His golfing buddies know Julius Okrzesik, 99, as the oldest member of their crew and a good putter. Few know more about his history.

SEMINOLE — Julius Okrzesik left his South St. Petersburg home at 5:25 for his regular Tuesday morning game of golf.


He was among the first members of his league to arrive at the Bardmoor Golf and Tennis club. Alone in the back room of the clubhouse, he fidgeted with his baseball cap.


Pretty soon, the team from the Bamboo Beach Bar and Grill across town surrounded Okrzesik, some cracking jokes and letting loose deep belly laughs, others sipping coffee as they listened to Thanksgiving plans, still others taking a moment to pat Okrzesik on the back in greeting.


They know Okrzesik, 99, as the oldest member of their 60-and-up crew, one of the golf club's better putters and a quiet unassuming retiree looking to stay active and have fun with friends. Only a few knew more about his story.


After checking everyone in, Ronald Wehner, 76, went around handing out playing cards that would determine the day's teams of four.


"Sixes! Sevens! Eights!" Wehner called out.


Okrzesik flipped his card over to reveal a king. He often gets a king.


""Nines! Tens!"


A few men came over to him, inquiring about his card, dejected that he wouldn't be on their team. Then Don O'Rourke, 71, patted Okrzeisk on the shoulders, showing off his matching card. Okrzesik smiled at the familiar face. Two others soon joined them.


"Elevens! Queens! Kings!"


On cue, Okrzesik eased himself off his seat to follow his teammates out into the cold. A brisk breeze hit and he adjusted his cap — the one he often wears in public, the conversation starter, the one that hints at his past.


Pierced with a silver pin, a North American P-51 Mustang fighter plane, the cap reads: "U.S. Army Corps WWII Flyboy."


---


In late 1942, Okrzesik, the 22-year-old son of Polish immigrants in Indiana, enlisted in the U.S. Army Air Force.


He had completed civilian pilot training, fulfilling a childhood fascination with planes. Enlisting was his way of putting his skills to use after the attack on Pearl Harbor.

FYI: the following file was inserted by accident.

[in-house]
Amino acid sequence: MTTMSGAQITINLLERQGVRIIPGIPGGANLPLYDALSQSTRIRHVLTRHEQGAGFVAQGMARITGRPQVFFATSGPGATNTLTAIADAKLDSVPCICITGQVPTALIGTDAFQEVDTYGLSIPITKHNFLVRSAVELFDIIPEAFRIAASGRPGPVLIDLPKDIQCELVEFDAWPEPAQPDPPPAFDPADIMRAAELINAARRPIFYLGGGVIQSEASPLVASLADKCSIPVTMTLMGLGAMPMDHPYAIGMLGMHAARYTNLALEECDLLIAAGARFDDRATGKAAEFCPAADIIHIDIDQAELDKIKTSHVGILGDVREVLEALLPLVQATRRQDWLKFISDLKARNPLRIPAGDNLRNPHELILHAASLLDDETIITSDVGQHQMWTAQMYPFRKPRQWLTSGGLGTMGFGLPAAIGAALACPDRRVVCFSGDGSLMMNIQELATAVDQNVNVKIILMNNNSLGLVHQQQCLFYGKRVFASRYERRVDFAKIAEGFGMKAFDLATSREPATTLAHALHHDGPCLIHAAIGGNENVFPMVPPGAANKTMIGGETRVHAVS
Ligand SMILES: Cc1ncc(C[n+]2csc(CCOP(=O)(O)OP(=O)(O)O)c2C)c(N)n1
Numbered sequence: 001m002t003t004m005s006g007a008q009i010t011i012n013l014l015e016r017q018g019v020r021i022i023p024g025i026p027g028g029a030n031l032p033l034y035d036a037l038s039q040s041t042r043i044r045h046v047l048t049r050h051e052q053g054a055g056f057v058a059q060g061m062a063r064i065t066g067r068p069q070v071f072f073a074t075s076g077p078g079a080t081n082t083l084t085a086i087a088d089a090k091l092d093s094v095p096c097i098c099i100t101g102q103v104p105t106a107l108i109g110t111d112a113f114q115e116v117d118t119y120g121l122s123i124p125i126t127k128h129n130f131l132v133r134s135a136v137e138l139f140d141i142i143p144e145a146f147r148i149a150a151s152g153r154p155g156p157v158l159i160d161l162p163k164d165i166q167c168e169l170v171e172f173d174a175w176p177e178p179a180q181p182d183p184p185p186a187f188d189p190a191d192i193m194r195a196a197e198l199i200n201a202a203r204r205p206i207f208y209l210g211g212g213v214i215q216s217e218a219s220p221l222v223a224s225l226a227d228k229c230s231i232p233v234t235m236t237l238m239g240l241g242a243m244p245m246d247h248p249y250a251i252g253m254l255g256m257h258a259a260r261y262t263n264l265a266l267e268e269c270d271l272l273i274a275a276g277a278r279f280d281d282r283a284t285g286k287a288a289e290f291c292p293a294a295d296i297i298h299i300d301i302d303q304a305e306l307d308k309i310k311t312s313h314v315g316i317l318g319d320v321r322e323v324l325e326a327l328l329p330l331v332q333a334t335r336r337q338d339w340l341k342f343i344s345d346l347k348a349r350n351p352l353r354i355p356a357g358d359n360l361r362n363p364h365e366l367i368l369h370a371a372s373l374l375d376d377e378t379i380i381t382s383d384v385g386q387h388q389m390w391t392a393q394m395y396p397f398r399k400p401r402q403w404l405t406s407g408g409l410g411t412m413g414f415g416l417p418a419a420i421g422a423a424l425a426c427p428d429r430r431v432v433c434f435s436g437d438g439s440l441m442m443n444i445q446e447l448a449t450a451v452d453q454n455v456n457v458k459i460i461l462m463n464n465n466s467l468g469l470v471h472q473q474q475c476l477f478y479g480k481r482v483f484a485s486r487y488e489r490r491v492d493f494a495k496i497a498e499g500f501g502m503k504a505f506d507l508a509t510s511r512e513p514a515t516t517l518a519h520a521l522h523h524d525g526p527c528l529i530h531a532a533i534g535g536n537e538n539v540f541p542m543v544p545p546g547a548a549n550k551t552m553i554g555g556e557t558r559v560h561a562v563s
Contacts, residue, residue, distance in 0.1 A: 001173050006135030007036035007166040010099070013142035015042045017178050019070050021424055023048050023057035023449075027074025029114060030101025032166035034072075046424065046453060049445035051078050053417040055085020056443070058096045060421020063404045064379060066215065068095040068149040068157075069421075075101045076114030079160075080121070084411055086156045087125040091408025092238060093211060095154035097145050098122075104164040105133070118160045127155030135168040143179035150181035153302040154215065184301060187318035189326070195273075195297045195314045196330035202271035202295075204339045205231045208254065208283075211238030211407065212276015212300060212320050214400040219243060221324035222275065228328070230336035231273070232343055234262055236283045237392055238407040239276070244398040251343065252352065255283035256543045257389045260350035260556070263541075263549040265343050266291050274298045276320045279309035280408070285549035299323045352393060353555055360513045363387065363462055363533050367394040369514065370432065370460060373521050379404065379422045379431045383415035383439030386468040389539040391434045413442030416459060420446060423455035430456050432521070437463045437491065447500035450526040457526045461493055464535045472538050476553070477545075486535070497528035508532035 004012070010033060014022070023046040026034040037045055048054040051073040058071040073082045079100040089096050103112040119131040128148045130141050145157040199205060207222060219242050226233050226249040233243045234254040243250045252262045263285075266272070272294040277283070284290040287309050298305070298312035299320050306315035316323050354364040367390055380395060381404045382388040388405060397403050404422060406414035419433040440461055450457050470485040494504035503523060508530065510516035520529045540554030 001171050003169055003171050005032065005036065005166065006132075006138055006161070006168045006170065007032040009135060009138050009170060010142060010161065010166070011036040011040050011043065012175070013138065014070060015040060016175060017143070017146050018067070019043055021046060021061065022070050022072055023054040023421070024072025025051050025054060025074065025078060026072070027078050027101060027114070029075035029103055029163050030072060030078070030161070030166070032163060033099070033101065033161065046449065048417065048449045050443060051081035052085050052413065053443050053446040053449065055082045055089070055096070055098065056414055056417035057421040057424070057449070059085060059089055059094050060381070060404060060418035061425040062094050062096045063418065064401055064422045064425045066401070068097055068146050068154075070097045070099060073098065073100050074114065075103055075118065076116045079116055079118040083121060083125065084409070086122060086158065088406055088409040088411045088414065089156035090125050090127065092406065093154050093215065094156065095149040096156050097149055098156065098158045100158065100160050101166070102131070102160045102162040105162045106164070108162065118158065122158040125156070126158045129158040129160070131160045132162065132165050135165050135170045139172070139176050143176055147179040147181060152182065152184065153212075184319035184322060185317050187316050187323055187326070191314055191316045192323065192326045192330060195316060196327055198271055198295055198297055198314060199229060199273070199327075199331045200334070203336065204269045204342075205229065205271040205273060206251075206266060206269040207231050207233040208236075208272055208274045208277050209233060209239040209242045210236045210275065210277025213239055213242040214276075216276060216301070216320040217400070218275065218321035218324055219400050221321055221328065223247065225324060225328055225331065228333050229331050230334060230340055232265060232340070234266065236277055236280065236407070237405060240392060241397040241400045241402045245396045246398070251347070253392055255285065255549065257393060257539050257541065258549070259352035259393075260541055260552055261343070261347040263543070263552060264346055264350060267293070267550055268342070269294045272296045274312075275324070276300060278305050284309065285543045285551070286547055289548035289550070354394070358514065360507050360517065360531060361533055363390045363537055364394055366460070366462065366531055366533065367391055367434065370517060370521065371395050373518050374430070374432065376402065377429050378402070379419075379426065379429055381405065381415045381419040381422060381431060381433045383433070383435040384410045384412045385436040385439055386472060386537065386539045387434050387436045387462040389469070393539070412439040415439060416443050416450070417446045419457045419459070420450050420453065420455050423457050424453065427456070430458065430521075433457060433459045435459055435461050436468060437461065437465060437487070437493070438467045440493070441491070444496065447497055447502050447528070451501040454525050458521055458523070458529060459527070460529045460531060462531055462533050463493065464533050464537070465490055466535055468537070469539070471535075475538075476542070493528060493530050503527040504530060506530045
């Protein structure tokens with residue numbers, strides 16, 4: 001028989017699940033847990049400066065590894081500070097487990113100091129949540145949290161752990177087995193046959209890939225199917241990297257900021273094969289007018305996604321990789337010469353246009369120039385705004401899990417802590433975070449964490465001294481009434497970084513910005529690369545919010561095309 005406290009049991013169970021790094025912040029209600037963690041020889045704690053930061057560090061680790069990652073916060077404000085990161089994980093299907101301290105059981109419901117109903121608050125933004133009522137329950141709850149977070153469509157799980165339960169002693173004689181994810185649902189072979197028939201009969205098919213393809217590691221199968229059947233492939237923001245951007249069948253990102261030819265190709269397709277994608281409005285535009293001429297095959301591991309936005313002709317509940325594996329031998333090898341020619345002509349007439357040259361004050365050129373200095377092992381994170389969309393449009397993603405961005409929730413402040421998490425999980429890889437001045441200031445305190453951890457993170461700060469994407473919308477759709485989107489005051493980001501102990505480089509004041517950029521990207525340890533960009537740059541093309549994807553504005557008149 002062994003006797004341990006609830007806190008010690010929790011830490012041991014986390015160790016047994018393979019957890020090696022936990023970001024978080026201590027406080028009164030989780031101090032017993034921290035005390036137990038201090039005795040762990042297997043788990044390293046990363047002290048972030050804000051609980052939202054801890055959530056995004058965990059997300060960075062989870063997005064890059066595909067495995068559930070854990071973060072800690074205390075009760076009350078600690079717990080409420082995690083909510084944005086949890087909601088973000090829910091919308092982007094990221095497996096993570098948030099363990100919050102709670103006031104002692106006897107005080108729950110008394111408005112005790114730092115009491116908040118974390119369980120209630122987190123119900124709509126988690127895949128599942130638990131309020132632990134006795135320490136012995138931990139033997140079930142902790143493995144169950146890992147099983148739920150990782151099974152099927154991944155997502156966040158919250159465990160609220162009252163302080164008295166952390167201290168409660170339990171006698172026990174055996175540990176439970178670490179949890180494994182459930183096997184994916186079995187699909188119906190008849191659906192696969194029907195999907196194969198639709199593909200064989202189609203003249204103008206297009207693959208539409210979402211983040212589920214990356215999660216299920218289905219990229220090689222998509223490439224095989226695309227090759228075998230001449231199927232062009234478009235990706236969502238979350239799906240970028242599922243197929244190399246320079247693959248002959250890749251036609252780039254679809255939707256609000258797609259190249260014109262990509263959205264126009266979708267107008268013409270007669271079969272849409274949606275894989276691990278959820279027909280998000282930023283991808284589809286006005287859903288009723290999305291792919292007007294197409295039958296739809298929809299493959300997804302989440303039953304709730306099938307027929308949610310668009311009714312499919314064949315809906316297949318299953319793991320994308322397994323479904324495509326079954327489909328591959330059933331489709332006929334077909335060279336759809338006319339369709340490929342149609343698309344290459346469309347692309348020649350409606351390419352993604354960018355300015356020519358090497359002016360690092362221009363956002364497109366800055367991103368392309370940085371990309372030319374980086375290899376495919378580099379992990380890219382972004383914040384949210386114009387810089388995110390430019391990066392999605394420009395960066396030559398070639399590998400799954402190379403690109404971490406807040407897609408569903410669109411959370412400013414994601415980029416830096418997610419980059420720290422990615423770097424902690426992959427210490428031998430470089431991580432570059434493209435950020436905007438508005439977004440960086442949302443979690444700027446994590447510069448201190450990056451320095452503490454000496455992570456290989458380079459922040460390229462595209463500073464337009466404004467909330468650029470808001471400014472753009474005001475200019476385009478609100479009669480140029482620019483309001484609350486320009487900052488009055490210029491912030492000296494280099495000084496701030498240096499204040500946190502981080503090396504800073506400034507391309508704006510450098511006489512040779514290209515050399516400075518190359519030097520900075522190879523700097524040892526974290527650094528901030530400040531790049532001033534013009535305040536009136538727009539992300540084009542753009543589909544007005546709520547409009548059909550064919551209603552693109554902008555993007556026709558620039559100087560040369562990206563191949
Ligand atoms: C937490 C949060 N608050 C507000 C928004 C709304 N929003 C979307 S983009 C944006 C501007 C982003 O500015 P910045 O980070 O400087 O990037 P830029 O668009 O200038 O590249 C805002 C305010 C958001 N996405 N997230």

Many of his memories about the time center on his training, first in San Antonio, Texas, aboard PT-19 planes.


He made a name for himself from the start. In his first training flight, Okrzesik recalled the instructor telling him he could do whatever he wanted. So Okrzesik took off without warning, and the instructor exclaimed that he nearly fell out of his seat.


Once in Waco, Texas, his plane died on him 500 feet off the ground. He improvised, positioning his wheels to bounce up and over an approaching fence and landing without major damage to the aircraft.


He first tested out a P-40 fighter in Sarasota and found it tricky to handle. He recalled narrowly avoiding an accident when his plane gave out 8,000 feet in the air over marshland, forcing him to make a sudden landing at a nearby airport.


He continued training with P-40s and then P-51 reconnaissance planes in Mississippi. No matter the hiccups, the time spent among the clouds was always worthwhile.


"All you had was your compass, the horizon and time," he said.


Then came his deployment to London in January 1944.


---


He doesn't talk much of what came next. Only a few men in his golf league know of his war stories. But they know they can count on Okrzesik out on the green.


The golf carts pulled up to their starting hole, clubs in the back snug inside their head covers, except for Okrzesik's. His well-worn, scratched up clubs hung out of his bag unprotected. In his foursome were O'Rourke, Randy Russell and Earl Melancon.